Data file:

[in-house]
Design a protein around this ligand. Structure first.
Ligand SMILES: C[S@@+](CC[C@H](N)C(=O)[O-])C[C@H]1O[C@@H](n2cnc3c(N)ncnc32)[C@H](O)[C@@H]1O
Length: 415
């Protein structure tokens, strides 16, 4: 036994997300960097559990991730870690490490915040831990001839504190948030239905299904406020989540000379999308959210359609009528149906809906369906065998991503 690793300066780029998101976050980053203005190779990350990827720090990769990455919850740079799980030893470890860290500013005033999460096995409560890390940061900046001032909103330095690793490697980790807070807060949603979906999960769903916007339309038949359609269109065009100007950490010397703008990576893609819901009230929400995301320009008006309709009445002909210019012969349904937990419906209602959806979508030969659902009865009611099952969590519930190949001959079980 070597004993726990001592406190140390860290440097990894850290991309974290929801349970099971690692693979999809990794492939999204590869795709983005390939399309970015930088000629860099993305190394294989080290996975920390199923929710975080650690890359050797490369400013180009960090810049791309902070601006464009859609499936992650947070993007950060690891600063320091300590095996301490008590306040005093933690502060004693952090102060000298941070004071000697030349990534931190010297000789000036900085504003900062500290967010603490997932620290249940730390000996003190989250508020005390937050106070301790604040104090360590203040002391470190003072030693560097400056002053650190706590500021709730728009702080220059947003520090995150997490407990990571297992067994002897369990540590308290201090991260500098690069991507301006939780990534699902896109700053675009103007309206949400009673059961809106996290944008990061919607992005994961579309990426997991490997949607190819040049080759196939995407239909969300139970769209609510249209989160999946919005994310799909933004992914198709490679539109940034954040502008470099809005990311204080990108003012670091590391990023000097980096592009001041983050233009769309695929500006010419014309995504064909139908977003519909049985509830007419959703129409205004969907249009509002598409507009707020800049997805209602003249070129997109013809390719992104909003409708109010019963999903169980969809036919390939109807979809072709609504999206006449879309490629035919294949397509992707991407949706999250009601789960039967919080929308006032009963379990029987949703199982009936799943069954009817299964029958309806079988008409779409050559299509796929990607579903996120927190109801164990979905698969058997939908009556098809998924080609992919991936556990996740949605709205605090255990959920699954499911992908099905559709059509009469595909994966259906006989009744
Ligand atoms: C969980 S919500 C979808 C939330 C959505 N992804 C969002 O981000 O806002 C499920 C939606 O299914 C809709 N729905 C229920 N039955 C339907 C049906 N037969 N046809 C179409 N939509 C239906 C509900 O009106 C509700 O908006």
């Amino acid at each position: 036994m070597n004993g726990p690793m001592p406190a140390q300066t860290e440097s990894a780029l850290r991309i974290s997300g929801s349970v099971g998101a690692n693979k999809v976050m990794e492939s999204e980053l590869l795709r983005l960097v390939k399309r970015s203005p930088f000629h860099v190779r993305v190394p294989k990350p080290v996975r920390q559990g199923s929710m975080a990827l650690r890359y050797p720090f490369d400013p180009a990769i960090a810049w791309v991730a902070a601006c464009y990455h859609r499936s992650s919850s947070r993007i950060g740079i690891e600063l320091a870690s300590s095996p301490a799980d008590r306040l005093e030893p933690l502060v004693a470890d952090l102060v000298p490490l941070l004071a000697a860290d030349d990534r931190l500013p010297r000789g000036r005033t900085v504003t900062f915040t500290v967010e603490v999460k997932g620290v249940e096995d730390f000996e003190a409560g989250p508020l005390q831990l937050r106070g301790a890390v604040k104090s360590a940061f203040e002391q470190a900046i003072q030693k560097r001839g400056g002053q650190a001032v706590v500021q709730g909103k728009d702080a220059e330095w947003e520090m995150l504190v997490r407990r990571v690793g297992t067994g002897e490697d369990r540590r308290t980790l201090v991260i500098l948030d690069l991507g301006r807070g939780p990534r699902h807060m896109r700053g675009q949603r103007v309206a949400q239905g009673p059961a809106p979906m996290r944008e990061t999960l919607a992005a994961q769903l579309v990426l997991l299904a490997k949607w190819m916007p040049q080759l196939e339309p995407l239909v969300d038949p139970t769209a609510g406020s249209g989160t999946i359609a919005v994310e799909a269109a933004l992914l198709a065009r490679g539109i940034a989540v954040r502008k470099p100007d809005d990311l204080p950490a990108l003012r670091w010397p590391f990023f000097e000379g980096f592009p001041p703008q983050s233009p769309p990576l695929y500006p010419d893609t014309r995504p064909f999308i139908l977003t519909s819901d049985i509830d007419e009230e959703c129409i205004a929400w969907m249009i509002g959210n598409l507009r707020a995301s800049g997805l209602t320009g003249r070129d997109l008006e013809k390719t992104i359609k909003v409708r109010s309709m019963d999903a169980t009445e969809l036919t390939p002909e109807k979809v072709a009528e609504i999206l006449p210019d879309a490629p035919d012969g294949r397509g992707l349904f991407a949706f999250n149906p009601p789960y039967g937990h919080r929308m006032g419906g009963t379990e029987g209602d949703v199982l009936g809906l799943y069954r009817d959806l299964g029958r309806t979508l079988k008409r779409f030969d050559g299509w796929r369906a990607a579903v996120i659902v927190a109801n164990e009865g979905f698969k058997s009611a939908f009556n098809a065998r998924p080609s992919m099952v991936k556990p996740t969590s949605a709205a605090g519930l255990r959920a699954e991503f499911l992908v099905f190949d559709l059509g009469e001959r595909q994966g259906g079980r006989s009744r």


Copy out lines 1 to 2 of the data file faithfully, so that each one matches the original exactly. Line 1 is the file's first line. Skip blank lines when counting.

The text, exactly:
[in-house]
Design a protein around this ligand. Structure first.